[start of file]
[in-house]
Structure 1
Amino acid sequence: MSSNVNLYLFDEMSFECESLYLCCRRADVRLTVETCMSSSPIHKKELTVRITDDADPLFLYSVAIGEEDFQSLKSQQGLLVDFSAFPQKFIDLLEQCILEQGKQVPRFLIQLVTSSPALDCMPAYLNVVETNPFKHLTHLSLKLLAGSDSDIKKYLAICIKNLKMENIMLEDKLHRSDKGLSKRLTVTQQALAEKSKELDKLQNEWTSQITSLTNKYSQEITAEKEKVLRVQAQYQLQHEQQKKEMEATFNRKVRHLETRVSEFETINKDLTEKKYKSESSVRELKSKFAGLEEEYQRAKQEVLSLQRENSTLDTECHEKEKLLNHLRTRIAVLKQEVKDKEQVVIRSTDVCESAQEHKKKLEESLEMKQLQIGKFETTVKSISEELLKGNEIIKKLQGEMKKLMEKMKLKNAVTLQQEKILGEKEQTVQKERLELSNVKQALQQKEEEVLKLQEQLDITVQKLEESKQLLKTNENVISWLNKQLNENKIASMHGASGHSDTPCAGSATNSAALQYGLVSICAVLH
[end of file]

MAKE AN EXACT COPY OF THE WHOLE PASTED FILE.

[in-house]
Structure 1
Amino acid sequence: MSSNVNLYLFDEMSFECESLYLCCRRADVRLTVETCMSSSPIHKKELTVRITDDADPLFLYSVAIGEEDFQSLKSQQGLLVDFSAFPQKFIDLLEQCILEQGKQVPRFLIQLVTSSPALDCMPAYLNVVETNPFKHLTHLSLKLLAGSDSDIKKYLAICIKNLKMENIMLEDKLHRSDKGLSKRLTVTQQALAEKSKELDKLQNEWTSQITSLTNKYSQEITAEKEKVLRVQAQYQLQHEQQKKEMEATFNRKVRHLETRVSEFETINKDLTEKKYKSESSVRELKSKFAGLEEEYQRAKQEVLSLQRENSTLDTECHEKEKLLNHLRTRIAVLKQEVKDKEQVVIRSTDVCESAQEHKKKLEESLEMKQLQIGKFETTVKSISEELLKGNEIIKKLQGEMKKLMEKMKLKNAVTLQQEKILGEKEQTVQKERLELSNVKQALQQKEEEVLKLQEQLDITVQKLEESKQLLKTNENVISWLNKQLNENKIASMHGASGHSDTPCAGSATNSAALQYGLVSICAVLH